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Response to NNadir (Reply #7)

Sat Apr 26, 2014, 08:15 PM

8. Thanks for the explanation and the history.

The painting seems more grotesque than funny, but that's probably because I haven't seen it in person. Your explanation is fascinating.

I think posting "In the Studio" would be a great idea. I am sadly deficient in my history of Soviet art, subversive or otherwise.

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Response to CaliforniaPeggy (Reply #8)

Sun Apr 27, 2014, 09:42 AM

9. Well, "grotesque" might be a better word.

It's hard to think of Stalin, really, given his crimes against humanity, in any other way, other than to use the word, "grotesque," so you're definitely on to something.

Nevertheless there is a sardonic element to the painting, and my son and I couldn't help but laugh at the way they surrounded that, well, "grotesque" element of their painting, which of course is Stalin himself, with such a beautifully executed neoclassical element. Sometimes I think there is nothing one can do about a tragedy of that magnitude but to shake one's head and laugh. Or maybe our sense of humor borders on perverse.

Komar and Meland were apparently arrested for a sculpture they produced featuring both Lenin and Stalin while they still lived in the Soviet Union, apparently because the Soviet authorities of the time claimed the sculptures involved "ridicule." I have no idea whether the sculptures were destroyed. Probably. One of their works in the West had apparently been slashed - I forget which work and where it took place - by a Trotskyite. They refused to have the work repaired, calling the slasher a "collaborator" in the work.

Both artists, apparently, live in New Jersey now, although they no longer collaborate on works, but work independently. This work was the only one that was at the Zimmerli, but apparently they have works at the Modern in New York and other great museums. The next time I'm at the Modern, I'll look out for their stuff if it's on display.

They are very interesting artists in any case, and Russia's loss is America's gain.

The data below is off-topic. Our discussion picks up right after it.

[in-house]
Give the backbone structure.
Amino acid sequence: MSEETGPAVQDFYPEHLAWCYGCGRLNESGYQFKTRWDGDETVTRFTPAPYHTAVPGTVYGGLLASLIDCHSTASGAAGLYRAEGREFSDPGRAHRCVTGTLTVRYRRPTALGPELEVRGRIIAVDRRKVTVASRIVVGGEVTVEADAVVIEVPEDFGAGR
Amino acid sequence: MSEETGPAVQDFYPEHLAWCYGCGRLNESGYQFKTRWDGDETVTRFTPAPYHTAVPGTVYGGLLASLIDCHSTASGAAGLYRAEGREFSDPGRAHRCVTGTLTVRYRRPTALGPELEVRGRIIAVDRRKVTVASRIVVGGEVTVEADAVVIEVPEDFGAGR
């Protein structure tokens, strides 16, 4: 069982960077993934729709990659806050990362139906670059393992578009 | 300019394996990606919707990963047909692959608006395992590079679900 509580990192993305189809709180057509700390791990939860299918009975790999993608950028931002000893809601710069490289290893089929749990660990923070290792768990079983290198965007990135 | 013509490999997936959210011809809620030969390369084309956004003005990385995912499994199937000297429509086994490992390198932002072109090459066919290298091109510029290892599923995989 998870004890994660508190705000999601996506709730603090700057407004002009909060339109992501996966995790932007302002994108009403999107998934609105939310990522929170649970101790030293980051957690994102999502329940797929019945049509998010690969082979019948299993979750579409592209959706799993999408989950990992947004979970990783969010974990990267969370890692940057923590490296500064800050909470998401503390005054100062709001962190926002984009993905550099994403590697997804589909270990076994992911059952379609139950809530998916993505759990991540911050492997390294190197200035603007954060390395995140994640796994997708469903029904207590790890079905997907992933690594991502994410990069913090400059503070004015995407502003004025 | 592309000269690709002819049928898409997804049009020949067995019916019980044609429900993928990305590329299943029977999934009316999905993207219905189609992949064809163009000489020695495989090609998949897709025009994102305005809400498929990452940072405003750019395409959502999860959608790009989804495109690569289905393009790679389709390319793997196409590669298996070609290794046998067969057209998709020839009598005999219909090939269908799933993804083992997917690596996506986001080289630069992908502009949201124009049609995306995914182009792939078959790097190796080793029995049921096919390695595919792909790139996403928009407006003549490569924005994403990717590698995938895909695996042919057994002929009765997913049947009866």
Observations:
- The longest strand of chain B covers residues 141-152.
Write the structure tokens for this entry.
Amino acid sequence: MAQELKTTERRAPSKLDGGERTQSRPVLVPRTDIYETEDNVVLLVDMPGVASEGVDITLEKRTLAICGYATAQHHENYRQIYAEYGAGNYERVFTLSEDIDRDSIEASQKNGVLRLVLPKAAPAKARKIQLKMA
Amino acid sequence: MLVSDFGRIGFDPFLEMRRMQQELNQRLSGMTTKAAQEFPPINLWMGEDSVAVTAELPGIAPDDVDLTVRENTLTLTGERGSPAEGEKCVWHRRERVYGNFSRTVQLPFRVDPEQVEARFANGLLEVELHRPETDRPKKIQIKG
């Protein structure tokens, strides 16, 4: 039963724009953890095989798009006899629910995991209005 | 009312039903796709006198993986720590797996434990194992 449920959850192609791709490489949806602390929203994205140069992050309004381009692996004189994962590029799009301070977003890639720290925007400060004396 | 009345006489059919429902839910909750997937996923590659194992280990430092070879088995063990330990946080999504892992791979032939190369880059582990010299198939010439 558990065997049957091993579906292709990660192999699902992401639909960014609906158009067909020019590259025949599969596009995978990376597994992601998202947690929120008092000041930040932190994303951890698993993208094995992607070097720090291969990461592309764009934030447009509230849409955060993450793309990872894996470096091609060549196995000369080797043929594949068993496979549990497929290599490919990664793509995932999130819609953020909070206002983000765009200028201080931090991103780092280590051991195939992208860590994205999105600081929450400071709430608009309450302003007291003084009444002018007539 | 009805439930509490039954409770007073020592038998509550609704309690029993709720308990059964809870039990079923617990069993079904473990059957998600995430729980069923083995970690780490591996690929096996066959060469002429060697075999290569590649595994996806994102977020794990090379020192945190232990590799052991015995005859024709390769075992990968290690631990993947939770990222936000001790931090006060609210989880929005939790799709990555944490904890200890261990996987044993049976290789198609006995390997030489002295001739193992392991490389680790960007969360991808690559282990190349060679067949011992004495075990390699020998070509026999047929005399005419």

I will post "In the Studio" in the future. I have to run to the library to do some research today, but I'll try to get it up soon.

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Response to NNadir (Original post)

Mon Apr 28, 2014, 12:16 AM

10. interesting, thanks for the thread

I am at this moment visiting my father's widow, a Russian who lived through those times. I need to learn/hear more of her history.

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Response to Kali (Reply #10)

Mon Apr 28, 2014, 09:00 AM

11. When I was a little boy, my neighbor's parents were two people who escaped...

...from the Ukrainian famine of the 1920's and 1930's. There was plenty of wheat grown, but Stalin was selling it all to buy machine tools from the West, mostly Germany.

I was a child and all I knew of my neighbor's parents - who eventually moved in with their daughter - was that they'd left "Russia" before World War II.

They used to give me Soviet stamps for my stamp collection from their letters from relatives left behind.

I wish I'd known then what I know now, since they could have provided an interesting oral history. The mother lived to be over 100, and I knew her into my early 20's.

People who lived under Stalin are dying off now, and what they suffered needs to be remembered somehow.

Thanks for your comment.

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Response to NNadir (Original post)

Mon Apr 28, 2014, 03:14 PM

12. When I was a teenie bopper

People of Polish origin seemed to hate me a lot.

I bore a lot in common with this mugshot #9...


http://www.cracked.com/blog/14-photographs-that-shatter-your-image-famous-people/

Maybe a little more beard and greener eyes.

We have since gone very separate ways.

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Response to RedCloud (Reply #12)

Mon Apr 28, 2014, 06:11 PM

13. Well, you have to admit #9 was a good looking guy...

...allegedly he had a beautiful singing voice as well, and was pretty good at telling a joke.

The penalty for not laughing at the last part, of course, was death, so we don't really have any feedback from people who didn't think he was funny. They didn't live long.

That's probably also true of people who think he didn't sing well.

If it's any consolation, my father in his later years developed a striking similarity in looks to Adolf Eichmann, at least in comparison to the photos taken of Eichmann before he was executed.

Worse, he was partially of Austrian descent, although his Grandfather left Austria in the mid 19th century.